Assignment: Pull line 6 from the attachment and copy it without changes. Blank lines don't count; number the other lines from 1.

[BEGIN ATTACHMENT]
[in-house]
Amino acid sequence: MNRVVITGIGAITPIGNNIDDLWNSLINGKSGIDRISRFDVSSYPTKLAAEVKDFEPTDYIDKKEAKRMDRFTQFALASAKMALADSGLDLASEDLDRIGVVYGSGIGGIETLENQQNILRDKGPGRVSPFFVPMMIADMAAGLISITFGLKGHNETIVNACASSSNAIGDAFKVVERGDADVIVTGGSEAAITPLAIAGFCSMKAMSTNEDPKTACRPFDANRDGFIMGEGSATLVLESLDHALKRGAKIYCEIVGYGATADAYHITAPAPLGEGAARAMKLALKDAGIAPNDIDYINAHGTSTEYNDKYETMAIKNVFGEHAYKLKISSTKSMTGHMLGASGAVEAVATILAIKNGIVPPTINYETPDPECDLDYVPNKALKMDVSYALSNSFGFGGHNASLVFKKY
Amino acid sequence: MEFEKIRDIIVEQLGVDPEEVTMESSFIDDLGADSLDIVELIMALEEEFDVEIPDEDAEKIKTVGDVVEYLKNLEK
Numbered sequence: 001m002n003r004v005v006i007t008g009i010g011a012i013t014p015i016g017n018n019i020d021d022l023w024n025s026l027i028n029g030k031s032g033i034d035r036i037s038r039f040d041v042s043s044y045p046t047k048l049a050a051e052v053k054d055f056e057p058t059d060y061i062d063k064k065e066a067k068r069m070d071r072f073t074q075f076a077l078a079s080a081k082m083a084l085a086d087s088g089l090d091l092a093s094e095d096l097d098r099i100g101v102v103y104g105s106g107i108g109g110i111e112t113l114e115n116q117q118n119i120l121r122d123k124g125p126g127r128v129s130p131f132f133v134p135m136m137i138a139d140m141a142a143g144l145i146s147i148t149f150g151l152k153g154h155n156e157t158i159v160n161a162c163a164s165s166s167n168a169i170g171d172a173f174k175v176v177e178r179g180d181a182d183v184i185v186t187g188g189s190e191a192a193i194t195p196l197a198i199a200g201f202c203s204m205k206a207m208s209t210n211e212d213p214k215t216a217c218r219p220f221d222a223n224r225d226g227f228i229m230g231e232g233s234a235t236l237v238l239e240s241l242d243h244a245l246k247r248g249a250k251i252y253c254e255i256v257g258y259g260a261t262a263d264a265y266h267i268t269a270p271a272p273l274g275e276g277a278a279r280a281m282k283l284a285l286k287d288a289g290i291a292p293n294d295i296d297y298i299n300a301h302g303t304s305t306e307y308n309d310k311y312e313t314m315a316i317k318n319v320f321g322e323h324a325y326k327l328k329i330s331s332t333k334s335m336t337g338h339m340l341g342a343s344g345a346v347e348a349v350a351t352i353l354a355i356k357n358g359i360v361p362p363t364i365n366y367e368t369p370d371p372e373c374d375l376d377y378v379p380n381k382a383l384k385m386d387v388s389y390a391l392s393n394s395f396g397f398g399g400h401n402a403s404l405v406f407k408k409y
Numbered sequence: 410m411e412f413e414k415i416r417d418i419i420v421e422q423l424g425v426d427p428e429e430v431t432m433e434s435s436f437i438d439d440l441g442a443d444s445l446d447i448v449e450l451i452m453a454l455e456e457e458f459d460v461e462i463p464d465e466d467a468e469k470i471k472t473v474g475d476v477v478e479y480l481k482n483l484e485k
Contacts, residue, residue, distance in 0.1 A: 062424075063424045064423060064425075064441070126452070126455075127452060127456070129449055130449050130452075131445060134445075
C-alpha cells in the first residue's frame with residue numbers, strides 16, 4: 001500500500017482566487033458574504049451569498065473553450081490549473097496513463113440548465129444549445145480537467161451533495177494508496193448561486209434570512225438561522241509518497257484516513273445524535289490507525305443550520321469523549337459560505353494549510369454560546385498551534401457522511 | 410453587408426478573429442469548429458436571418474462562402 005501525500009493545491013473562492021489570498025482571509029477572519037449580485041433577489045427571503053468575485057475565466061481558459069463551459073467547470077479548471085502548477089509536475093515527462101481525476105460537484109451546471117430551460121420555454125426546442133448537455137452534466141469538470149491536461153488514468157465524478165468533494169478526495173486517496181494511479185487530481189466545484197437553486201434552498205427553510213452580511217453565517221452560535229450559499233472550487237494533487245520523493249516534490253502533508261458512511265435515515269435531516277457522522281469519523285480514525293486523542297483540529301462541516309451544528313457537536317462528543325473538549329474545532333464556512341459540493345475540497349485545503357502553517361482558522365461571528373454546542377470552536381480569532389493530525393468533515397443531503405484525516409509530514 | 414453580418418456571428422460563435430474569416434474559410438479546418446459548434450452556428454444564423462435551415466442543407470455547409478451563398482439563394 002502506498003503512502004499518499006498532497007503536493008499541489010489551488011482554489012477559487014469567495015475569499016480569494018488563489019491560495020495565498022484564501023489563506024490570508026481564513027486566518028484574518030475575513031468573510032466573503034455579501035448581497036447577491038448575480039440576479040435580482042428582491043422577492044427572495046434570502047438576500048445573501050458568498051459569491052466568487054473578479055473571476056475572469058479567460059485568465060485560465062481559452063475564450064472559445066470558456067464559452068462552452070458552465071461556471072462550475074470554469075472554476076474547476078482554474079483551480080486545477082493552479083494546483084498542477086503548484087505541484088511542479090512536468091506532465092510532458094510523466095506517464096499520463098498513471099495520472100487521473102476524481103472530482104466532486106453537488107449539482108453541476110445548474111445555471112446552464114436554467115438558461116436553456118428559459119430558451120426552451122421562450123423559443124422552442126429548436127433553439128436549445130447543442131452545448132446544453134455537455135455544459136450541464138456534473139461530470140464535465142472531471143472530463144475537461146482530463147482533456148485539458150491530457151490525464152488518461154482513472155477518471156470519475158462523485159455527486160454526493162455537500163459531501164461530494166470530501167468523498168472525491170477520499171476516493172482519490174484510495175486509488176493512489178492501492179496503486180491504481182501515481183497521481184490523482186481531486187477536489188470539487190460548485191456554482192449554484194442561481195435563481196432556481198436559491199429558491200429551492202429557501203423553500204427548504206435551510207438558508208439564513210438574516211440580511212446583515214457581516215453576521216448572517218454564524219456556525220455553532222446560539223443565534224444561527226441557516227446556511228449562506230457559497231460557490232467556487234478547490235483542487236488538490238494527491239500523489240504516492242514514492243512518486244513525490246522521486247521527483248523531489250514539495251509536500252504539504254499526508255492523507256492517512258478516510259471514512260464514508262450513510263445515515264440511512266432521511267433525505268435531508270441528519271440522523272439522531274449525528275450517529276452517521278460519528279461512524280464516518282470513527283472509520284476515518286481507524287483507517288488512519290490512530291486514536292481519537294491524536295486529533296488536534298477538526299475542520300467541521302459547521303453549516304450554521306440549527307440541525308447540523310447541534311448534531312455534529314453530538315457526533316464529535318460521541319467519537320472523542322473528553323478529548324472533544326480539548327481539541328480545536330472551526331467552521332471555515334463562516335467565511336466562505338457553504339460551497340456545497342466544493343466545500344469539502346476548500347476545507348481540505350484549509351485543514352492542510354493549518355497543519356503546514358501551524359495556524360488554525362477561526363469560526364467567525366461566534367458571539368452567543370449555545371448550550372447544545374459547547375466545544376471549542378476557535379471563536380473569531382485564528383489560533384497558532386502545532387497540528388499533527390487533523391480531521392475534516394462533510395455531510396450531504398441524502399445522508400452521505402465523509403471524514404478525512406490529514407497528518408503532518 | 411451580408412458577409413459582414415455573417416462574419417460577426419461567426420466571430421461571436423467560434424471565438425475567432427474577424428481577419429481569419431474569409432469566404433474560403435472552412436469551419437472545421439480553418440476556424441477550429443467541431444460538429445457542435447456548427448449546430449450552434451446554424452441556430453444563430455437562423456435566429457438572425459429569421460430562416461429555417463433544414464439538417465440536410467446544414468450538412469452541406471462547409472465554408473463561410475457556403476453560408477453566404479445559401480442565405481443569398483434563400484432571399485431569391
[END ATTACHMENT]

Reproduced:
Contacts, residue, residue, distance in 0.1 A: 062424075063424045064423060064425075064441070126452070126455075127452060127456070129449055130449050130452075131445060134445075